Monday, 15 August 2011

Why I think Barry Allen is Awesome

In 1985 DC Comics killed off Barry Allen, otherwise known as The Flash, Fastest Man Alive.  It wasn't long before his sidekick, Wally West took over his deceased uncle's heroic mantle.  Over the course of over two decades Mike Baron, William Messner-Loebs, Mark Waid, Geoff Johns and many other talented writers took Wally on a journey that gradually transformed him from an arrogant, slightly selfish young womanizer to a hero, a family man and a worthy successor to the Flash legacy.  Now all of a sudden Barry is back from the dead and is once again the main Flash of the DC Universe.   Meanwhile Wally has been benched and DC have confirmed there are "no plans for Wally West in the new Flash series.”  As a result a lot of fans are pissed off.  This is a perfectly understandable reaction.  For a whole generation of Flash-fans Wally was their Flash.  Some of these fans weren't even alive when Barry was the Flash and now he's back and the hero that they've followed for so long has been sidelined.  I was born four years before Barry's death and so I'm part of 'Generation Wally'.  Despite this I'm more than happy to see Barry's return and while I miss Wally I'm not that bothered about seeing him take a back seat for a while.

I've written before on this blog about why I feel the time is right for Barry to take over from Wally as DC's main Flash.  Check it out, comment on it, Tweet it, share it with your friends!  During the course of that post I discuss at great length the reasons behind my love of Wally as a character but I never really explain my love for Barry.  Many fans have accused Barry of being a boring, dated character, undeserving of the prominence that DC has now thrust upon him.    Personally I believe that he's just as good as Wally, and just as worthy of being the the most prominent Flash in the DC Universe.  My love of Barry Allen can be traced back to just one comic, the first Flash comic I ever read.  Flash Vol. 1 #206 (1971) a comic that contains a story called '24 Hours of Immortality'!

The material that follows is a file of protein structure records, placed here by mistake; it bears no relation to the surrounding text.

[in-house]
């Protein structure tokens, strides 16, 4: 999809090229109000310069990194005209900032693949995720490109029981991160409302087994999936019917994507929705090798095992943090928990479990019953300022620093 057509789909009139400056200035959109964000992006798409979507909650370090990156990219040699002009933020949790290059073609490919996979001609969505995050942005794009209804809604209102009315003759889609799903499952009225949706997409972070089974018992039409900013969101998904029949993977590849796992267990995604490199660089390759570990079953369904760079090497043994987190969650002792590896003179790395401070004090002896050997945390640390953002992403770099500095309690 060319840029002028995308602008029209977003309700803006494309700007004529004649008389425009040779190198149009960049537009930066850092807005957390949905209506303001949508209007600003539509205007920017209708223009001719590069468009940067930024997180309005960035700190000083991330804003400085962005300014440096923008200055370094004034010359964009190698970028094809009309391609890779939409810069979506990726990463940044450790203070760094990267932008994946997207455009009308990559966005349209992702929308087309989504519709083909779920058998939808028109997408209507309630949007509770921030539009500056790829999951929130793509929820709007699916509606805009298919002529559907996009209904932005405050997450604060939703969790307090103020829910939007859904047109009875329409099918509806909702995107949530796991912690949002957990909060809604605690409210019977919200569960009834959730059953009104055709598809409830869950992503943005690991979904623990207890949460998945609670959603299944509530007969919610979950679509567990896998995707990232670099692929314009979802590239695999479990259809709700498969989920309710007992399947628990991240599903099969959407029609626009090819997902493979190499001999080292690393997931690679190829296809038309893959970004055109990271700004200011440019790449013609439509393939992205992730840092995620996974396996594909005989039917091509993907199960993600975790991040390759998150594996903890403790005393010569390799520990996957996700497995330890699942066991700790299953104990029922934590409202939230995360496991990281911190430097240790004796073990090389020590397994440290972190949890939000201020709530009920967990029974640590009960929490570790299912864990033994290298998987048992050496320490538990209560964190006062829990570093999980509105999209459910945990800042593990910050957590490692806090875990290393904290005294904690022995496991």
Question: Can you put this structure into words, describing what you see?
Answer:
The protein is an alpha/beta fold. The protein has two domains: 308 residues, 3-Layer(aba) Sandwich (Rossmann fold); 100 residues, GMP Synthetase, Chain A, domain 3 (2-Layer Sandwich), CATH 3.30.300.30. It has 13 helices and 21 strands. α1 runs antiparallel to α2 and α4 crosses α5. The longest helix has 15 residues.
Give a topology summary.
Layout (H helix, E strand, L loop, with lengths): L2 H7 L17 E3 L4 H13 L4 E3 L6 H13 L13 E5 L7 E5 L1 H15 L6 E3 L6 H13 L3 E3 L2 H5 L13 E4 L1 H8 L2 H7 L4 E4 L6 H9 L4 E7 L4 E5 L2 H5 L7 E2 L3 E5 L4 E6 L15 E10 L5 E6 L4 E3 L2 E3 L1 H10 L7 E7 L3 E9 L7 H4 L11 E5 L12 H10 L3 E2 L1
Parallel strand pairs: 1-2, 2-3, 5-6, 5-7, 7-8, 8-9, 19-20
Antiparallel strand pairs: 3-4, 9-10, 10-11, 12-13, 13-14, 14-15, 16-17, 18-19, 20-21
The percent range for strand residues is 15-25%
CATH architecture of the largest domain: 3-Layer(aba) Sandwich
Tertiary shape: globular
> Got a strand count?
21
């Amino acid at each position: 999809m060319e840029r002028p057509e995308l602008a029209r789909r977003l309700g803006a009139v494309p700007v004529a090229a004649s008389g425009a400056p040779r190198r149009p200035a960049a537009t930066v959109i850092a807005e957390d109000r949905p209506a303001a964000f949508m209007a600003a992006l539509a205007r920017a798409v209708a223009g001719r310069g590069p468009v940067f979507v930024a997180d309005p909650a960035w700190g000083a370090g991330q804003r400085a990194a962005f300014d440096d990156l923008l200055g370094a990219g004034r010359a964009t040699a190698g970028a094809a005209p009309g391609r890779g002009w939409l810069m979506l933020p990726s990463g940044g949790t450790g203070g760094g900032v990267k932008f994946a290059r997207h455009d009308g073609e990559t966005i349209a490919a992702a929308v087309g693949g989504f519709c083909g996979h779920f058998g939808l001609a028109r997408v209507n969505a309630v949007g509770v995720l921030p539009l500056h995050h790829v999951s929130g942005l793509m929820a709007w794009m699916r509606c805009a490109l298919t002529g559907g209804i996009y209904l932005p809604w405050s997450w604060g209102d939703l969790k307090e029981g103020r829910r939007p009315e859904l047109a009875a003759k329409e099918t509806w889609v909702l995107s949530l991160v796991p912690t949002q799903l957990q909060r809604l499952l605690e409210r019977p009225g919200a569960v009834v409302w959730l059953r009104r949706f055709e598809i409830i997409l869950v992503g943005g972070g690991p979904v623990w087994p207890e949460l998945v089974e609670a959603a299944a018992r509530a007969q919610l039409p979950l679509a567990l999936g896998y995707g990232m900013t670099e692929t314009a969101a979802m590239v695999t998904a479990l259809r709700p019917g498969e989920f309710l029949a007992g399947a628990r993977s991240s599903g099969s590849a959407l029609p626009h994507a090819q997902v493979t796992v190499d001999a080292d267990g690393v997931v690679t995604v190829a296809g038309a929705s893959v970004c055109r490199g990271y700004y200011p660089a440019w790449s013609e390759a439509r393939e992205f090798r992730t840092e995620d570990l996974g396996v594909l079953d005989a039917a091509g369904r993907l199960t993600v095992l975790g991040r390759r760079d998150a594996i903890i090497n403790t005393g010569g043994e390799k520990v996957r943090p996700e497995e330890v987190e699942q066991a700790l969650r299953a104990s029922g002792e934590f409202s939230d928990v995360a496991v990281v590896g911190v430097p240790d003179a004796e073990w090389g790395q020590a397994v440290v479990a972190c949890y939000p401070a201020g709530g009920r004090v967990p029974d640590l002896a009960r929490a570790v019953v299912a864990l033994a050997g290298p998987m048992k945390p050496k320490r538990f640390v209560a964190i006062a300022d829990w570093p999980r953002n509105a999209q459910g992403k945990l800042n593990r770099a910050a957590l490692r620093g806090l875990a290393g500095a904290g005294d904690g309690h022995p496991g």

In '24 Hours of Immortality' two ordinary people are rescued from death by two super advanced aliens who offer them an extra 24 hours of life in order to tie up their loose ends.  For that 24 hours they are completely indestructible!  High Five Comic has summed up the story pretty accurately and hilariously.  That particular blogger describes the story as "completely fucking absurd" and it's difficult to argue with that assessment.  '24 Hours of Immortality' is goofy, even for a classic Flash story, but it's also immensely enjoyable and it has two things going for it that transformed the young me into a lifelong Flash fan.

Firstly, I love the cover. This issue has one of the most striking covers I've ever seen, but then what do you expect? It's a Neal Adams cover!  It would have been so easy for Adams to draw the indestructible lady landing gracefully on her feet but instead he has her smashing into the ground CHIN FIRST! This cover is so striking that I remember actually being scared of it as a child, but it definitely made me want to read the story inside.